On the other hand, as I look forward to what is about to take place in just a few weeks’ time, the scale may not be what it used to be and the scope may be way smaller, but those planning on attending either or both BITUG and GTUG will be experiencing much the same level of anticipation as I had all those years ago. There may not be trucks, tractors and railway locomotives or anything else like that but to the keen observer stopping by the exhibitor desks, it will be clear that NonStop today is more than just a bunch of boxes with an OS; NonStop can be deployed any which way you would like and the NonStop vendor community is already catering to any configuration your enterprise requires. Most important of all – and visible at the RUG events already held this year – NonStop has truly become a line of software products with the option of having HPE throw in some hardware!
Too cavalier, perhaps? I don’t think so; there’s no value in going to RUG events today with preconceived ideas as to what NonStop is or how NonStop should be delivered. News flash – the days of simply mulling over an upgrade to the next NonStop model are over. Every enterprise with mission-critical applications needs to think very carefully about the optimum way to run these applications on NonStop and the focus is going to return to the human component. Does your company have access to the skilled personnel it needs to run NonStop in this new world of hybrid IT where clouds are well and truly entrenched in the mindset of CIOs. If clouds aren’t on your radar and your enterprise is holding steady on a tried and true course, then yes, take the next upgrade of NonStop from HPE. However, if you are seeing clouds being discussed and you want to ensure NonStop contributes to your business, go to these upcoming RUG events and interact with HPE and the rest of the NonStop community before making any firm decisions one way or the other.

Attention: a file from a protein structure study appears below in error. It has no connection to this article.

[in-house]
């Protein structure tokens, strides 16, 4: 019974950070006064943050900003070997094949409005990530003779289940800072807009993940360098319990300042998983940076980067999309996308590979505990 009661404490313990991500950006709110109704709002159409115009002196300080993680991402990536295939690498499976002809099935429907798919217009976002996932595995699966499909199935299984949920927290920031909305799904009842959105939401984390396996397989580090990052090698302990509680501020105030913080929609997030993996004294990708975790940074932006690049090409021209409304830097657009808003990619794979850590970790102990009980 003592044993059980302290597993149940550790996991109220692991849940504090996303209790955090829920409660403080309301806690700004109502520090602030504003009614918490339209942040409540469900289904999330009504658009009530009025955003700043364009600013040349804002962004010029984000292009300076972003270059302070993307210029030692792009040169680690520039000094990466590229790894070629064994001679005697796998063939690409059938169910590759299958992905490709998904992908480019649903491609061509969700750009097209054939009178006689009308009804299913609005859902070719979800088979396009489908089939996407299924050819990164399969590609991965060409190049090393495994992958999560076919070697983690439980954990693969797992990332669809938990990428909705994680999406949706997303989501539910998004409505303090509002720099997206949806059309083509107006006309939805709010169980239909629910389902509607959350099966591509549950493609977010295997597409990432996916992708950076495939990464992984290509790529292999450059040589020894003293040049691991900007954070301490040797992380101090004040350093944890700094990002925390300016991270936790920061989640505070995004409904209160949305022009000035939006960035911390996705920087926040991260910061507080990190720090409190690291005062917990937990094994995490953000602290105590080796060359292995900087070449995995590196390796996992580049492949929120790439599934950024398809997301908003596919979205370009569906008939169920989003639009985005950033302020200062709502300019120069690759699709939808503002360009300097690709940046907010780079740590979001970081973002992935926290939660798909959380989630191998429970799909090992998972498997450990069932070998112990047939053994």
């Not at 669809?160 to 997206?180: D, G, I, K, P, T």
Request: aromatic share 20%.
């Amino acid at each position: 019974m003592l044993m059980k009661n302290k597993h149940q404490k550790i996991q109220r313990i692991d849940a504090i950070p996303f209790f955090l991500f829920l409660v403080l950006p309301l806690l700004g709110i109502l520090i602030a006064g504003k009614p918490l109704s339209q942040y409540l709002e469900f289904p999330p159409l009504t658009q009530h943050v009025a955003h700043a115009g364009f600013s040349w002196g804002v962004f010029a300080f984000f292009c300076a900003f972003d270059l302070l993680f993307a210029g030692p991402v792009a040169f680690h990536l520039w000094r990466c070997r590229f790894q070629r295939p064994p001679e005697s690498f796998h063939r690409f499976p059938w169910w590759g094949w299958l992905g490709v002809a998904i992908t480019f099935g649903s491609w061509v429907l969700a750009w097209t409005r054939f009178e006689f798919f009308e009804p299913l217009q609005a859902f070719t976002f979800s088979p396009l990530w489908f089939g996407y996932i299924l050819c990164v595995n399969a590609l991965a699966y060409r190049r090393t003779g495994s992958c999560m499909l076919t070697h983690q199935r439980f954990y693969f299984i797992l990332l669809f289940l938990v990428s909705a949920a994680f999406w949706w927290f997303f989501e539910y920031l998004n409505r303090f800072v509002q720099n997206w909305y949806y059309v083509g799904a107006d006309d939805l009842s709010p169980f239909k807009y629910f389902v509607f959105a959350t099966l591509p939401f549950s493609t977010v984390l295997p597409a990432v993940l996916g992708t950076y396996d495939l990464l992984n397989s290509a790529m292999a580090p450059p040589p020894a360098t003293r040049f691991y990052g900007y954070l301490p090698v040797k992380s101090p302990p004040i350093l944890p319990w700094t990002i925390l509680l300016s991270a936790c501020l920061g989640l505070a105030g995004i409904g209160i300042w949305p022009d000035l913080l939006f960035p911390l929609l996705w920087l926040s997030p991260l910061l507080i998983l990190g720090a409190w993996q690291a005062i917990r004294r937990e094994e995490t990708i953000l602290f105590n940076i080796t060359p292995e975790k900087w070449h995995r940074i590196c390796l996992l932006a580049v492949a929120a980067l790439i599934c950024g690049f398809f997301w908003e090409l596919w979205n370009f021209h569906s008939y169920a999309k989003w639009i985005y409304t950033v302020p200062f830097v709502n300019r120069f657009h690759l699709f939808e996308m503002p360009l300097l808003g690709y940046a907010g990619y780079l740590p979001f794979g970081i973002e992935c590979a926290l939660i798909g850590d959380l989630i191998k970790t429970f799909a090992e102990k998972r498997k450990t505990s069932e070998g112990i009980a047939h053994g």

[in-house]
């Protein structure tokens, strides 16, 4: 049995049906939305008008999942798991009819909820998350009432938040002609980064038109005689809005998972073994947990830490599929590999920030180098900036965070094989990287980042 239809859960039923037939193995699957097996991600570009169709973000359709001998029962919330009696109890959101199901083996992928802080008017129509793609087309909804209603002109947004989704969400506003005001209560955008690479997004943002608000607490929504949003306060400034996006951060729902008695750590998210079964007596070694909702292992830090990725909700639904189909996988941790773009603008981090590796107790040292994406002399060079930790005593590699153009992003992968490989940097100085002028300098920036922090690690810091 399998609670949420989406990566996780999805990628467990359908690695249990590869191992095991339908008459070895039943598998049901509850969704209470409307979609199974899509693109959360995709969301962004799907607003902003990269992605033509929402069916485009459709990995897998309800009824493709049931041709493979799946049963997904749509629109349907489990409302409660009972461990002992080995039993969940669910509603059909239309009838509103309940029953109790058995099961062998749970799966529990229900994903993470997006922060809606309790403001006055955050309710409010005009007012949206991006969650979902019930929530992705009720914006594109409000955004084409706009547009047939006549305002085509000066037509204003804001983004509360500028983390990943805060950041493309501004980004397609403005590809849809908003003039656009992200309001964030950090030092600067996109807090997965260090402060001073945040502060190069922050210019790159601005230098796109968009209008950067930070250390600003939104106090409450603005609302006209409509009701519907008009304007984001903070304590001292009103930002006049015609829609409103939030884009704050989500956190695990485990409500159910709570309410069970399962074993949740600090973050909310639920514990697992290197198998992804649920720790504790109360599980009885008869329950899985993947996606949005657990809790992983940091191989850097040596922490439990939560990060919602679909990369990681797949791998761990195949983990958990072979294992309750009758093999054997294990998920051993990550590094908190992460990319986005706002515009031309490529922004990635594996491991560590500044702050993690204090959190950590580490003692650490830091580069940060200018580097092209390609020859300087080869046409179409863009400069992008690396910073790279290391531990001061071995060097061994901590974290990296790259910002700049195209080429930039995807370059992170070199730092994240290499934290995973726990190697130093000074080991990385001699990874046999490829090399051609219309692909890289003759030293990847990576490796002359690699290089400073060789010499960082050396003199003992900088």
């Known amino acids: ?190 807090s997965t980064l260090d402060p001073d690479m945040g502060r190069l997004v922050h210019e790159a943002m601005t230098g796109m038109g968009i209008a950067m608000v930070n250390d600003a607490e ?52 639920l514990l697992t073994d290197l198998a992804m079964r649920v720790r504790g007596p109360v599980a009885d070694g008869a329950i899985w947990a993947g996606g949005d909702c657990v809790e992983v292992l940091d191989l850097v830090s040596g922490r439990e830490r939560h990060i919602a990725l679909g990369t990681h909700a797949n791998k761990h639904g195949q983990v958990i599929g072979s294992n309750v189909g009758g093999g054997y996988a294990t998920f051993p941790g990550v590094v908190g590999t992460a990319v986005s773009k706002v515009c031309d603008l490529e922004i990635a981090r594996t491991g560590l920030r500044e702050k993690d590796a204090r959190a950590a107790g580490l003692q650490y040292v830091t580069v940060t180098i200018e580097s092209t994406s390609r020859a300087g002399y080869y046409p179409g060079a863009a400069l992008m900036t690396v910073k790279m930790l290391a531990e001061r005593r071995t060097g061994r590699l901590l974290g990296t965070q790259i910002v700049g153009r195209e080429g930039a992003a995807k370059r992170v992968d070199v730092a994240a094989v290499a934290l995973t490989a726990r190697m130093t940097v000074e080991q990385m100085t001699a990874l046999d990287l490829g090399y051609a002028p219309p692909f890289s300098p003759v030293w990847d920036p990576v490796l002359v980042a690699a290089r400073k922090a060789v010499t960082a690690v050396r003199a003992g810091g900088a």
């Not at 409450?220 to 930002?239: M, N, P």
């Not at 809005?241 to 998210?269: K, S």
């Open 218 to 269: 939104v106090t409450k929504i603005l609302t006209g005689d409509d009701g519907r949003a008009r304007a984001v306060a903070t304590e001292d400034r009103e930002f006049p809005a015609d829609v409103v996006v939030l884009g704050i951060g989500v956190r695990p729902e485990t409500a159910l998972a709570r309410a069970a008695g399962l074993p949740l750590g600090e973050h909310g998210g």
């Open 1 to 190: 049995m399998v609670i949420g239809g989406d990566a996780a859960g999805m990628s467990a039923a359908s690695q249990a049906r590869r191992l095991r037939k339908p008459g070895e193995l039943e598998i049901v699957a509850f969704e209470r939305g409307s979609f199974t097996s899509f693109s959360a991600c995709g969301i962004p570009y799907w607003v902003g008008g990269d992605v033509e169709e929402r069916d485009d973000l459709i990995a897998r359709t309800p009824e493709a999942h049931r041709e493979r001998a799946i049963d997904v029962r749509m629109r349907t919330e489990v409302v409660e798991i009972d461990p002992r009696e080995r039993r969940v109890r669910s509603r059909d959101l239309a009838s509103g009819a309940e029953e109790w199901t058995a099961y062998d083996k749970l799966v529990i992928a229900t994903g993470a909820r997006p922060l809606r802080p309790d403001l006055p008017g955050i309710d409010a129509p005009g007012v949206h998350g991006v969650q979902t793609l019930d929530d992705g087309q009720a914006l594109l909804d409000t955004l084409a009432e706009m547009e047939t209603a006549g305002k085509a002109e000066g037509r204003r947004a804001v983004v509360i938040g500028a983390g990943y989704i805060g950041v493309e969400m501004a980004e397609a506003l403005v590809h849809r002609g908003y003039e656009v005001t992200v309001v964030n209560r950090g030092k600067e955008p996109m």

With as much talk as there is about robotics and AI these days and with as much attention being given to analytics and deep learning, perhaps the more interesting question is how exposed might you become if you picked the wrong approach to running NonStop? What I am getting a sense of is that for the majority of NonStop users, the NonStop X family of systems is the way to go and that the time to stop feeding the NonStop i family of systems needs to be curtailed. I have only anecdotal support for now, but I have to believe the supply chain behind Itanium has to be thinning out not to mention how much energy is being expended on stockpiling ServerNet switches. Not much, by my count even as I am sure some NonStop i systems traded for new NonStop X systems are being cannibalized in support of some markets. Again, purely my own observation at this point in time!
However, as 2018 unfolds take a good look around at what your peers are doing. NonStop X systems for production; vNonStop on converged virtualized NonStop systems (NS 2) for development and test and yes, NonStop SQL/MX the engine behind DBaaS running from within a cloud and fully virtualized (supporting multitenancy). Not just one way to run NonStop but exploiting the flexibility (and indeed innovation) that today’s NonStop represents. Again, when was having choice ever a bad thing? And when has mixing it up been viewed negatively when the operational bottom line has so much potential upside – think of shared DR sites that are cloud based?
My love of travel hasn’t subsided over the years but it has taken on a different look – as the NonStop community is aware of these days if I cannot drive then it takes an awful lot of motivation to get me back on a plane. In a modern twist to that famous marketing message, “don’t leave home without it today,” I actually take home with me! On the other hand, the program content and the personalities that are present at major RUG events such as we see taking place shortly in Europe are enough to get me back on a plane and I am sure I am going to hear a lot that is new even as I know I am going to be caught out with something unexpected being announced or demonstrated.
But no matter what takes place the one thing I can absolutely guarantee is that with all that is taking place today with NonStop, I will not be falling asleep during any of the keynote presentations nor will my snoring be heard above the commentary of HPE participants. Safe travels – and I look forward to seeing as many of you as I can in that fine German city, Leipzig!